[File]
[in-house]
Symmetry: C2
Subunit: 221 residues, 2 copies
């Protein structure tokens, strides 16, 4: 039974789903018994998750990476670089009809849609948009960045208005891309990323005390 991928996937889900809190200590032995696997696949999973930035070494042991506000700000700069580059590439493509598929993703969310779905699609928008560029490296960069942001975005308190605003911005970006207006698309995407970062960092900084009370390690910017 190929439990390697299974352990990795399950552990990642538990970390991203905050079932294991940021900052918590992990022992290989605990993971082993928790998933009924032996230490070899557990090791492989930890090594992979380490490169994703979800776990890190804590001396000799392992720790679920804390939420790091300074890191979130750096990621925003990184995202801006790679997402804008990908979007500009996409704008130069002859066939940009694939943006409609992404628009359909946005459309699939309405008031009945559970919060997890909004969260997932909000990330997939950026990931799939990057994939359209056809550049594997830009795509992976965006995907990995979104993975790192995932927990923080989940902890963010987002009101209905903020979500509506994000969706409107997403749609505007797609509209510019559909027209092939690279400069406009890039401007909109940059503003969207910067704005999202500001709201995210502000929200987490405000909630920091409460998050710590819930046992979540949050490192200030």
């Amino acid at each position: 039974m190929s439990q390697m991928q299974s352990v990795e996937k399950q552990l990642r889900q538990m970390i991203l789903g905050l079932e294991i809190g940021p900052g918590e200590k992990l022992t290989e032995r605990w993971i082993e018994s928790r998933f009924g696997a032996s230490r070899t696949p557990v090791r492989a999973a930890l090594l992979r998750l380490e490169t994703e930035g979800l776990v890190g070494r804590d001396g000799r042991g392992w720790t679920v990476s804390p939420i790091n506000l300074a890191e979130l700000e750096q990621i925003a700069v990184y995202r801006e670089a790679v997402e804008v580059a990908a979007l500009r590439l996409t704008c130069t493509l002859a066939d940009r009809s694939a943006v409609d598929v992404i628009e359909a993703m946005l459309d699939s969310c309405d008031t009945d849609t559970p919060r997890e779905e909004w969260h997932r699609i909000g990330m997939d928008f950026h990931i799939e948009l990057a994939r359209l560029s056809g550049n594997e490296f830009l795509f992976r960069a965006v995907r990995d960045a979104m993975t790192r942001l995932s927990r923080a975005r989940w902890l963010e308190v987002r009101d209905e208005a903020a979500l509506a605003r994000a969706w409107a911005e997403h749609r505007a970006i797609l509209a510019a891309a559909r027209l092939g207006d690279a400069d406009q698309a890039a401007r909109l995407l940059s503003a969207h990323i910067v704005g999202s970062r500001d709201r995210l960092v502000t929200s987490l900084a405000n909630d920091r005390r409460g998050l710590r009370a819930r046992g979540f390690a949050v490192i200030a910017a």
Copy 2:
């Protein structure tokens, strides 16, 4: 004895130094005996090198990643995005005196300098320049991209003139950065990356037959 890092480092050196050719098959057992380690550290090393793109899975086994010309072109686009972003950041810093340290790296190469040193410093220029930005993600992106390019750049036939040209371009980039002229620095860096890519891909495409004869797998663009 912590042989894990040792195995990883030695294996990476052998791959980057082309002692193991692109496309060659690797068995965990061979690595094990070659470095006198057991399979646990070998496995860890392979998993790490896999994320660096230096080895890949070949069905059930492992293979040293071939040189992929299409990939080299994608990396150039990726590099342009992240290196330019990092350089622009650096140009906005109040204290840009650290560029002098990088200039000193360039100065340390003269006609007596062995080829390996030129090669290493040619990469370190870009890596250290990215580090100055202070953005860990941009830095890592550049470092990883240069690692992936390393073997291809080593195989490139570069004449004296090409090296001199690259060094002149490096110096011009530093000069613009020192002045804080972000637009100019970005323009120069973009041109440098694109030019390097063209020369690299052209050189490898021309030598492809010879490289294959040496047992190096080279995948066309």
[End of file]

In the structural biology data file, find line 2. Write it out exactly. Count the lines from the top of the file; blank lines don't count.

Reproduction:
Symmetry: C2